~FROM THE DESK OF~

RABBI ANTHONY KNOPF

 
 
  • Rabbi Anthony Knopf

From the Desk - Celebrations and Tragedy


Shalom Friends! I hope you're all well. Before I discuss recent events in the community and the world, I want to mention that I know of a young woman in Cote St Luc who needs help with her baby during the daytime, for any amount of time one can spare, because she has back problems and cannot lift the baby out of the crib. A friend of this young mother is coordinating a schedule of volunteers to go and help her for however long they want. If you may be able to help, please contact Shelley Sherman at shelleysherman@videotron.ca. Last week, we had a wonderful Shabbat celebrating the Bar Mitzvah of Shlomo Petel! After Shabbat, the activity continued with an event we did in conjunction with PJ Library featuring a special Havdallah, story time, arts and crafts and, of course, pizza! On Sunday, the celebrations continued as we came together to celebrate the bris of Rabbi Heshy and Sarah's son, Menachem Mendel. Then, in the evening, a number of us came back to the synagogue to attend the fundraising dinner for our Kollel. All this is a great build up to our Kehillah Shabbat next week (February 11th) which will feature singing from our youth choir and the Aleinu choir as well as a special Tu B'Shvat Kiddush! This is going to be an amazing Shabbat with many wonderful songs in honor of Shabbat Shira and some delicious fruit in honor of the new year for trees. Please make every effort to join us for this special event in our community. Sadly, we also heard on Sunday about the terrible shooting in a mosque in Quebec City in which six Muslims were murdered. This tragedy coincides with the controversial immigration policy of Donald Trump with people lining up on both sides to discuss the legality and morality of Trump's executive order, curtailing immigration from seven Muslim-majority countries. Central to the political discussion is the question of the necessity of such measures for national security. Without trivializing that question, I think there is a more fundamental spiritual and ethical issue to which we must be sensitive. I have talked on quite a few occasions in the past about the importance of feeling a special connection with the Jewish People. We bear a kinship with our contemporary Jews and even those of previous and future generations. At the same time, we need to beware of that kinship leading to our lack of sensitivity and respect for other human beings. Particularly in the case of the Muslim world from which there has been so much promotion of hateful teachings and barbaric terrorism, we must refrain from tarnishing all Muslims with the same brush. To be a good Jew is to build on the foundations of being a good human being. Part of what it means to be a good human being is to recognize the humanity of others. There is the world of difference between recognizing the danger that emanates from the Islamist worldview and dehumanizing and speaking disparagingly of Muslims in general. Unfortunately, there is racism everywhere and I know that this exists in the Jewish community as well. But the greatest travesty is when people invoke Judaism to justify such bigotry. When we address these questions as Jews (whatever stance we take on particular policies), our starting position is that all human beings are created in the image of Hashem. When we allow ourselves to be sucked into a culture of dehumanizing the other, we not only attenuate our own humanity but we also weaken our Jewish authenticity. So let us continue to debate what is best for the world in these troubled times. But if, perhaps in the course of such discussions, we hear comments that offend our basic humanity and Jewish commitment, let us not be afraid to voice our objections. As human beings and as Jews, let us pray for the good of all humanity and let us continue here at Beth Ora to bring more light into the world as we continue to grow our community and to define our vision for the future. Wishing you all a Shabbat Shalom - a peace which we pray will spread to the whole world. Rabbi Anthony and Carly Dovid, Rachelli, Yehuda and Avrami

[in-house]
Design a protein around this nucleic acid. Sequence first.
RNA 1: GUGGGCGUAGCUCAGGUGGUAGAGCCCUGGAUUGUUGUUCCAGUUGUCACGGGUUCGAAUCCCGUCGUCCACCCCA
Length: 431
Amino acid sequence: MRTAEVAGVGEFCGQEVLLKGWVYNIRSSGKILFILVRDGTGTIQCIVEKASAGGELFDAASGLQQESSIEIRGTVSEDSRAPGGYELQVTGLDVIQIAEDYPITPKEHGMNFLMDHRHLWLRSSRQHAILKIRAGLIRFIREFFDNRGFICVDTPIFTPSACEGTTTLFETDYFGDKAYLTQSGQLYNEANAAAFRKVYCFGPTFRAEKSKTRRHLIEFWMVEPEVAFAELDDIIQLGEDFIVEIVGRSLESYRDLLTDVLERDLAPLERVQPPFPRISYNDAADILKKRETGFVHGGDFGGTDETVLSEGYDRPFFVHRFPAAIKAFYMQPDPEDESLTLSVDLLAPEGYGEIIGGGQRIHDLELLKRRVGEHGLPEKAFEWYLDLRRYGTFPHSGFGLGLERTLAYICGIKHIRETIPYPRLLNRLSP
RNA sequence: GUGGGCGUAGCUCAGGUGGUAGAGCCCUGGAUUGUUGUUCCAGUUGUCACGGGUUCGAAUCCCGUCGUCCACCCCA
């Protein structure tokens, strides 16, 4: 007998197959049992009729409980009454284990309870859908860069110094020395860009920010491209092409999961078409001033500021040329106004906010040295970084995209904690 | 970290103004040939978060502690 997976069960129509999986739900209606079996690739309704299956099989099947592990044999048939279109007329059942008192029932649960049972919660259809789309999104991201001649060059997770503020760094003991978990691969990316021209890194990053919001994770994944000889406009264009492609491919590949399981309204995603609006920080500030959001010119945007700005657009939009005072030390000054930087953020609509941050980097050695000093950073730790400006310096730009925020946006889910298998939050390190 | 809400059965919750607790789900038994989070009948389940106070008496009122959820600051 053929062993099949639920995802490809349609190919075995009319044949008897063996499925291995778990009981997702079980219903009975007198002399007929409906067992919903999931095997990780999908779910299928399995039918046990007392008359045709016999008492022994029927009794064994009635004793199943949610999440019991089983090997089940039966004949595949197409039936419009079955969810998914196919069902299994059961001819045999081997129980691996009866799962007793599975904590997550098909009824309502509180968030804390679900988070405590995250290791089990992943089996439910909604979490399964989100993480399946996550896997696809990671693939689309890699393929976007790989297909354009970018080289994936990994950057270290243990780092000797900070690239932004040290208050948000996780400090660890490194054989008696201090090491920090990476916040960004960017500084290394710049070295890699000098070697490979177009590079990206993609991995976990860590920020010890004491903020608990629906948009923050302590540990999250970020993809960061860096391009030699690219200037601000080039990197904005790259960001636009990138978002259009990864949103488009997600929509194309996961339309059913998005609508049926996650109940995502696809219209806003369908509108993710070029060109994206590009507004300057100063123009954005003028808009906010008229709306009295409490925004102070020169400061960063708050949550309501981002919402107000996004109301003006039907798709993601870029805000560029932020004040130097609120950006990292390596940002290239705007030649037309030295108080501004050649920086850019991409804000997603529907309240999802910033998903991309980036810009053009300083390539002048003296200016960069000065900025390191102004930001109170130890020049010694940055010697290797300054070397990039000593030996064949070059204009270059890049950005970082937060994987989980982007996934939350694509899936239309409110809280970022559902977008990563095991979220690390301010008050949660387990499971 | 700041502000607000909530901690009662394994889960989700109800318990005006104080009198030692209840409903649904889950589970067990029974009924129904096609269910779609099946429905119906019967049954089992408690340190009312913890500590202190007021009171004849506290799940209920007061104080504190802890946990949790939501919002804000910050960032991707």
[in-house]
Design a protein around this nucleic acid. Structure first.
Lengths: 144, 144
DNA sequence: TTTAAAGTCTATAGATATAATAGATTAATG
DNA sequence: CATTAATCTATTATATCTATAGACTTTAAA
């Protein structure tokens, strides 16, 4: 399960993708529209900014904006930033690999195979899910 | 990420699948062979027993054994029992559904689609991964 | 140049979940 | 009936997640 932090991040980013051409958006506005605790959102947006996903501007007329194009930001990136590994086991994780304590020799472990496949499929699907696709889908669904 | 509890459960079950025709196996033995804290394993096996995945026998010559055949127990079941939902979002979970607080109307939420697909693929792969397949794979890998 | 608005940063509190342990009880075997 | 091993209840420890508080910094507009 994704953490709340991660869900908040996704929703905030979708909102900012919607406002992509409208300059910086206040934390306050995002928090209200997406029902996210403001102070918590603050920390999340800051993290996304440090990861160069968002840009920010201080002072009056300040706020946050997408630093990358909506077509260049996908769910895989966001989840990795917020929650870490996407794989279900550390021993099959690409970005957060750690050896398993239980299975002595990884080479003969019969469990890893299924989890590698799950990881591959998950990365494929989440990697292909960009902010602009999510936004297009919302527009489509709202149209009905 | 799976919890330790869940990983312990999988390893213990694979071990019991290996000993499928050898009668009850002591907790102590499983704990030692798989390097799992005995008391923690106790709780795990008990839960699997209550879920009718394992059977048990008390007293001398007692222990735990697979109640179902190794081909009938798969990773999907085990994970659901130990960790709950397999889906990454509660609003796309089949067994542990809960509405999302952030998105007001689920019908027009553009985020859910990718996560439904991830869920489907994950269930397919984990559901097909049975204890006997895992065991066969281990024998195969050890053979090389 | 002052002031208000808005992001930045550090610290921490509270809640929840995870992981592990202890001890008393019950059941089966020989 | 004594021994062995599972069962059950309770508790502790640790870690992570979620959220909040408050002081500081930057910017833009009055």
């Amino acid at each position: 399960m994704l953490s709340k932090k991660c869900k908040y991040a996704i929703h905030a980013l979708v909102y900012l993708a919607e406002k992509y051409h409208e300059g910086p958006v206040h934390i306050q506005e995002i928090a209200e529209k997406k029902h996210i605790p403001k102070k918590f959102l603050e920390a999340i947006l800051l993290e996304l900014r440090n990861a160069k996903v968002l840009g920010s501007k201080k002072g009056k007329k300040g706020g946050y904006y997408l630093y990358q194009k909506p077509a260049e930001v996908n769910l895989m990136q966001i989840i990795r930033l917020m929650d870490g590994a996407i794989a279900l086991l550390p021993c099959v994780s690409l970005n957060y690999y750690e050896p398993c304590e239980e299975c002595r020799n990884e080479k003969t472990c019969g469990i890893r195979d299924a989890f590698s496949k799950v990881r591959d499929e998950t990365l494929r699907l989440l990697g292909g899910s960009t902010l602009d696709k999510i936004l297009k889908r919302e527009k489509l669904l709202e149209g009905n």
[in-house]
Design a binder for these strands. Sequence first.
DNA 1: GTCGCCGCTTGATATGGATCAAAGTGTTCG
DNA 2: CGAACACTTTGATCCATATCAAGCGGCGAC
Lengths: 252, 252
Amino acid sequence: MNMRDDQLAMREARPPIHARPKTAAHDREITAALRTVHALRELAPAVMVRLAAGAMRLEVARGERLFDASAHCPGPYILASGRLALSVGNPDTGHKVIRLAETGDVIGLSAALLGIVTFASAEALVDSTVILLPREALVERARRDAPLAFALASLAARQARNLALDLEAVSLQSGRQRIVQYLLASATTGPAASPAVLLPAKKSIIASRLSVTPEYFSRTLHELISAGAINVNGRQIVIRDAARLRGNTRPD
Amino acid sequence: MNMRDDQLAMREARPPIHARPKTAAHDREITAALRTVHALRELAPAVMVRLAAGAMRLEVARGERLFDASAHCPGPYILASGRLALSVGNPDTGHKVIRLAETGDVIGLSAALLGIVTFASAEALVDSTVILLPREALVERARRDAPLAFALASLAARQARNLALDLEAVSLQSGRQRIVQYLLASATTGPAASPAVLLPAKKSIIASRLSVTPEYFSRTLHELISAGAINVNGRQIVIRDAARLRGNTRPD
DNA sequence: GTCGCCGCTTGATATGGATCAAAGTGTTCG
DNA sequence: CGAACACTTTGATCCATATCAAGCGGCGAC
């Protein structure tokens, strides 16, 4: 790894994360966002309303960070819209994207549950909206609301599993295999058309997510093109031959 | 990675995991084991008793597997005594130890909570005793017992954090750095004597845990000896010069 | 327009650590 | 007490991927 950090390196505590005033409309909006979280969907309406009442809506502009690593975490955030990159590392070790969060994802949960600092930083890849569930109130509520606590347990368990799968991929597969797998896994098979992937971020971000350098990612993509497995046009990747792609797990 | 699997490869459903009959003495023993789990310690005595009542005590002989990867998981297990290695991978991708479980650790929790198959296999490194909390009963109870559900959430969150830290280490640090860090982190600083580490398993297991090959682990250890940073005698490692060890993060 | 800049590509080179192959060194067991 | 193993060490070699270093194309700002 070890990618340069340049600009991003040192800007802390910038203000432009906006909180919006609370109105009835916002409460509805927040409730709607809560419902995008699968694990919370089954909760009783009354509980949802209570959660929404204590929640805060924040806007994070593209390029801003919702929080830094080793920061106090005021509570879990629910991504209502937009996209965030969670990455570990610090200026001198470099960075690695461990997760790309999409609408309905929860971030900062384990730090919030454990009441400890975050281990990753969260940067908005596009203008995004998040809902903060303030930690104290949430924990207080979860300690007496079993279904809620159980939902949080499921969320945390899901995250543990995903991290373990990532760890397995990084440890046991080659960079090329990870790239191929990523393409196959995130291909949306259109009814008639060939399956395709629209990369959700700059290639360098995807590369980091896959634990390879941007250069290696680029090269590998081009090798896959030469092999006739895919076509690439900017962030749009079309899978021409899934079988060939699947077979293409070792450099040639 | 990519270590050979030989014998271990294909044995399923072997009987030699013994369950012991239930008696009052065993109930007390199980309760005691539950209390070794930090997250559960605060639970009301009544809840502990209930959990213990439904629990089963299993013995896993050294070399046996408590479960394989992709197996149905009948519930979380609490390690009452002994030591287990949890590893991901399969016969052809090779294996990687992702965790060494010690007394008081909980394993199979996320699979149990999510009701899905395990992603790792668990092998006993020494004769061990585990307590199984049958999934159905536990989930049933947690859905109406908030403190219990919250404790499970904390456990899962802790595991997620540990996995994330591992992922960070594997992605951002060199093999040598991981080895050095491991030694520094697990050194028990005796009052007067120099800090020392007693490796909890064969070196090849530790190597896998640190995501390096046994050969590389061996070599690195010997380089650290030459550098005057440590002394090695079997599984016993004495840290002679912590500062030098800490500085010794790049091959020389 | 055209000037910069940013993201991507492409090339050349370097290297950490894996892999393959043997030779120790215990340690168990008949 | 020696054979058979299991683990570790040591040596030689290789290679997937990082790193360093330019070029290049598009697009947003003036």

#havdalah #PJLibrary #bris #mosque #tragedy #humanity

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